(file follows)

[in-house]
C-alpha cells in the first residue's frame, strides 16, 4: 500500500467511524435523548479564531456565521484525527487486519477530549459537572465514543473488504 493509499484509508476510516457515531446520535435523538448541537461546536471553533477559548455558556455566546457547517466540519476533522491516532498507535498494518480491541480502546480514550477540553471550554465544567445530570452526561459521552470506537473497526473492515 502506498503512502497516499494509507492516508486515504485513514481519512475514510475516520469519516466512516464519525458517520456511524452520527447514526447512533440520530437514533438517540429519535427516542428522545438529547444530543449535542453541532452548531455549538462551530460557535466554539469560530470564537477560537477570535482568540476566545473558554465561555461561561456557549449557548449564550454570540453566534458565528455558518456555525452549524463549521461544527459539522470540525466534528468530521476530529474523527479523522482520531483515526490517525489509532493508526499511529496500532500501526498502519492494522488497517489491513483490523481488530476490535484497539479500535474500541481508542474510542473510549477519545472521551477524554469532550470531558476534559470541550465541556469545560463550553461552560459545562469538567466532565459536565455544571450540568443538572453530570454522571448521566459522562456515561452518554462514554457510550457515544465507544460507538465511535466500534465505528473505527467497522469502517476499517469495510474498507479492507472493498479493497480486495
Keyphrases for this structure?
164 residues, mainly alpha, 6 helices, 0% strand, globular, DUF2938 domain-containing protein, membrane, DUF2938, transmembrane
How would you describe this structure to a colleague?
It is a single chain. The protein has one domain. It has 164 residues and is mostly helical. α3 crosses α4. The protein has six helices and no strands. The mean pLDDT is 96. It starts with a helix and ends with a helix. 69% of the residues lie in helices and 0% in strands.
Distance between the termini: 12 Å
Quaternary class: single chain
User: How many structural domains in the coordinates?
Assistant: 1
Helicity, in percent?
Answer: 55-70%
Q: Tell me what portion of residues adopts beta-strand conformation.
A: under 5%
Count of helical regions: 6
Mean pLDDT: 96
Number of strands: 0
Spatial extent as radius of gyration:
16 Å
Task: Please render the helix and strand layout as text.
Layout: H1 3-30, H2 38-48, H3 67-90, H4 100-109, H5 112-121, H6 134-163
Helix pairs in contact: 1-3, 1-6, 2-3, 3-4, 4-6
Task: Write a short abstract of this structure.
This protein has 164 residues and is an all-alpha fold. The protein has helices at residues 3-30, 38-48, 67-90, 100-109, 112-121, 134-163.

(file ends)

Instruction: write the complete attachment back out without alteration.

[in-house]
C-alpha cells in the first residue's frame, strides 16, 4: 500500500467511524435523548479564531456565521484525527487486519477530549459537572465514543473488504 493509499484509508476510516457515531446520535435523538448541537461546536471553533477559548455558556455566546457547517466540519476533522491516532498507535498494518480491541480502546480514550477540553471550554465544567445530570452526561459521552470506537473497526473492515 502506498503512502497516499494509507492516508486515504485513514481519512475514510475516520469519516466512516464519525458517520456511524452520527447514526447512533440520530437514533438517540429519535427516542428522545438529547444530543449535542453541532452548531455549538462551530460557535466554539469560530470564537477560537477570535482568540476566545473558554465561555461561561456557549449557548449564550454570540453566534458565528455558518456555525452549524463549521461544527459539522470540525466534528468530521476530529474523527479523522482520531483515526490517525489509532493508526499511529496500532500501526498502519492494522488497517489491513483490523481488530476490535484497539479500535474500541481508542474510542473510549477519545472521551477524554469532550470531558476534559470541550465541556469545560463550553461552560459545562469538567466532565459536565455544571450540568443538572453530570454522571448521566459522562456515561452518554462514554457510550457515544465507544460507538465511535466500534465505528473505527467497522469502517476499517469495510474498507479492507472493498479493497480486495
Keyphrases for this structure?
164 residues, mainly alpha, 6 helices, 0% strand, globular, DUF2938 domain-containing protein, membrane, DUF2938, transmembrane
How would you describe this structure to a colleague?
It is a single chain. The protein has one domain. It has 164 residues and is mostly helical. α3 crosses α4. The protein has six helices and no strands. The mean pLDDT is 96. It starts with a helix and ends with a helix. 69% of the residues lie in helices and 0% in strands.
Distance between the termini: 12 Å
Quaternary class: single chain
User: How many structural domains in the coordinates?
Assistant: 1
Helicity, in percent?
Answer: 55-70%
Q: Tell me what portion of residues adopts beta-strand conformation.
A: under 5%
Count of helical regions: 6
Mean pLDDT: 96
Number of strands: 0
Spatial extent as radius of gyration:
16 Å
Task: Please render the helix and strand layout as text.
Layout: H1 3-30, H2 38-48, H3 67-90, H4 100-109, H5 112-121, H6 134-163
Helix pairs in contact: 1-3, 1-6, 2-3, 3-4, 4-6
Task: Write a short abstract of this structure.
This protein has 164 residues and is an all-alpha fold. The protein has helices at residues 3-30, 38-48, 67-90, 100-109, 112-121, 134-163.